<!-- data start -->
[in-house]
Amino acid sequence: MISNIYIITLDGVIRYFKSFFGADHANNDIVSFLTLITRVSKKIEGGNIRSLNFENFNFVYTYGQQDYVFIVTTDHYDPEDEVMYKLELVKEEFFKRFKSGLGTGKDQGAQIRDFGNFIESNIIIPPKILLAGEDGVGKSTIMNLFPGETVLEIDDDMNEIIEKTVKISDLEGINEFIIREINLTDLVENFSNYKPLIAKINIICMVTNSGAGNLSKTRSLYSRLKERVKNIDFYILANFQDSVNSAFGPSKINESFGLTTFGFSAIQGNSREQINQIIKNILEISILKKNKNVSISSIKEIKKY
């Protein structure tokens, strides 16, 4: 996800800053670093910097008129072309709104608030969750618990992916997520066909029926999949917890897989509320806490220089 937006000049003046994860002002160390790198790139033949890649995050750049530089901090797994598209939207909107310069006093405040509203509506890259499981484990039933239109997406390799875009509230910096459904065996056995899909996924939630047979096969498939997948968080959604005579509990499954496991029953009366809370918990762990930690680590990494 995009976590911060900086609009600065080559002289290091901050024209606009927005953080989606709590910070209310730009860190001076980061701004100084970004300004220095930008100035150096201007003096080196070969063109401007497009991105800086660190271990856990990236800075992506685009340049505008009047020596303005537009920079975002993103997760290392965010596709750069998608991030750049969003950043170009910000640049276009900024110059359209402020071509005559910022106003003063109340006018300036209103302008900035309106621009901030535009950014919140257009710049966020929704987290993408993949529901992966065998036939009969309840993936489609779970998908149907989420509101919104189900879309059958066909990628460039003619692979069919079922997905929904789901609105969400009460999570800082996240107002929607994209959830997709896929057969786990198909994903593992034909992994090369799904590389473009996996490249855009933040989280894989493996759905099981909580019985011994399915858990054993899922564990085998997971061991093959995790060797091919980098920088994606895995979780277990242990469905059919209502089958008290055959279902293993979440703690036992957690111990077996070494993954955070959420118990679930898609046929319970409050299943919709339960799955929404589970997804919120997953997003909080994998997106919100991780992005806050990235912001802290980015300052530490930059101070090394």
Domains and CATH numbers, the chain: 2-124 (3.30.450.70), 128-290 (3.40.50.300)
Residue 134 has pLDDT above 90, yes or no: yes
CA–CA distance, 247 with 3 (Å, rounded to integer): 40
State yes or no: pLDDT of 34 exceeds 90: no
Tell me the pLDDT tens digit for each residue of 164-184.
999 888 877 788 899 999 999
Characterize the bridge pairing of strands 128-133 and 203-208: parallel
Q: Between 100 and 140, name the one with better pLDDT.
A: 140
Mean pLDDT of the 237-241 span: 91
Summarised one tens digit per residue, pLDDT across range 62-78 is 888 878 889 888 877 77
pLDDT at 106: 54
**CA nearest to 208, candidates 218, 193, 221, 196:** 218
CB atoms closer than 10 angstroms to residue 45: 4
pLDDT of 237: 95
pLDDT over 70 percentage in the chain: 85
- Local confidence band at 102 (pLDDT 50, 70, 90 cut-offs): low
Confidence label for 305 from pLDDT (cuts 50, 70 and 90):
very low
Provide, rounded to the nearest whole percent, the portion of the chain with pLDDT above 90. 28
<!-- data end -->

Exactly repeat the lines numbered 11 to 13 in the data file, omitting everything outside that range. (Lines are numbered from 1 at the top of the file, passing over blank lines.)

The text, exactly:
Q: Between 100 and 140, name the one with better pLDDT.
A: 140
Mean pLDDT of the 237-241 span: 91